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Attributes Of Technology Leaders

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Conference

2007 Annual Conference & Exposition

Location

Honolulu, Hawaii

Publication Date

June 24, 2007

Start Date

June 24, 2007

End Date

June 27, 2007

ISSN

2153-5965

Conference Session

Industry-Academia Collaborations

Tagged Division

Continuing Professional Development

Page Count

8

Page Numbers

12.300.1 - 12.300.8

Permanent URL

https://peer.asee.org/1780

Download Count

32

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Paper Authors

biography

John Robertson Arizona State University

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John Robertson has been Professor of Microelectronics at ASU’s Polytechnic campus since 2001. He was previously a Program Director with Motorola. He serves on the JACMET Technical Advisory Board and delivers a number of courses in the Chief Engineer Certificate program.

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Abstract
NOTE: The first page of text has been automatically extracted and included below in lieu of an abstract

Attributes of technology leaders

Abstract

A consortium of companies and universities has developed a certificate to help prepare senior engineers to become technology executives. One of the learning outcomes is that the target jobs are very diverse and demanding. To qualify that outcome, the participating groups have prepared a list of the attributes they consider to be essential in a technical leader. The desired attributes can be broadly considered in four groups: personal features, communication ability, operational (management) capabilities and technical skills. The paper concentrates on personal attributes since they are essential to the successful application of the other skills. A simple process has been identified to develop the personal skills in early industry training and in academic technology programs.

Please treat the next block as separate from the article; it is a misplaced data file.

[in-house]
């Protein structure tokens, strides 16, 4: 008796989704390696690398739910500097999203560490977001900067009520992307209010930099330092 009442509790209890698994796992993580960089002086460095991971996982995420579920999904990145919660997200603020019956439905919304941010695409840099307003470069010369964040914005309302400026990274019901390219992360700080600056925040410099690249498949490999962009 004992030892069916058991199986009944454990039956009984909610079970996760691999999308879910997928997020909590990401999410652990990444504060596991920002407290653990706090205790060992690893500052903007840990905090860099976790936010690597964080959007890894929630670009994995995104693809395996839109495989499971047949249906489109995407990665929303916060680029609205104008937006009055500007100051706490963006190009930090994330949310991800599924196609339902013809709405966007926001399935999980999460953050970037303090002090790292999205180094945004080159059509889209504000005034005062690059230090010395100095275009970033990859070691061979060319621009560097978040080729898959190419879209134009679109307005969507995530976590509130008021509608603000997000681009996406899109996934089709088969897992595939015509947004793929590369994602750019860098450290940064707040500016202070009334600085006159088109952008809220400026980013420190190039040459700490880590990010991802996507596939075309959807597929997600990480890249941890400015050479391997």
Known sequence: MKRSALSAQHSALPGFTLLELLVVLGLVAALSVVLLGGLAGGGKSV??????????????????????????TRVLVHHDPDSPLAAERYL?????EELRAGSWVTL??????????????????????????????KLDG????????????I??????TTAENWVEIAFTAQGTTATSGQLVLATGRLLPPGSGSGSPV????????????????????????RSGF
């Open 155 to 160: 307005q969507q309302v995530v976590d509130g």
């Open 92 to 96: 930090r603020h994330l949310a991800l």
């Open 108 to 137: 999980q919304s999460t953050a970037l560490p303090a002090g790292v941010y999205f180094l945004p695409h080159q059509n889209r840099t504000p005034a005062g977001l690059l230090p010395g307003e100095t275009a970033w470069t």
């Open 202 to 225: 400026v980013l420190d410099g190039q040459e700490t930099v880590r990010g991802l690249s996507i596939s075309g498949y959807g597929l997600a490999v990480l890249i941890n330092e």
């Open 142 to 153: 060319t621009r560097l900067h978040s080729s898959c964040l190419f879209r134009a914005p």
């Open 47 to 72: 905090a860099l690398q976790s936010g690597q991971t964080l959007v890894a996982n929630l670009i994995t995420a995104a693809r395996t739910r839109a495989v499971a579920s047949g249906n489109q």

Introduction and scope

Over the past 30 years, most high-technology companies have developed dual paths to technology leadership. One route is for technical specialists. It is often called a ‘Technical Ladder’ and it is a way to retain and recognize the depth of expertise needed for the business. The other path is through project management which requires broad experience in many contributing functions. The paths are represented in figure 1 which shows the trade-off between breadth and depth. New engineering or technology graduates enter the job market with specific discipline skills and would normally stay with that specialization unless they make a deliberate move into project management.

Project manager

Technology executive Breadth

Specialist

New graduate

Depth Figure 1. Technical career path options

Robertson, J. (2007, June), Attributes Of Technology Leaders Paper presented at 2007 Annual Conference & Exposition, Honolulu, Hawaii. https://peer.asee.org/1780

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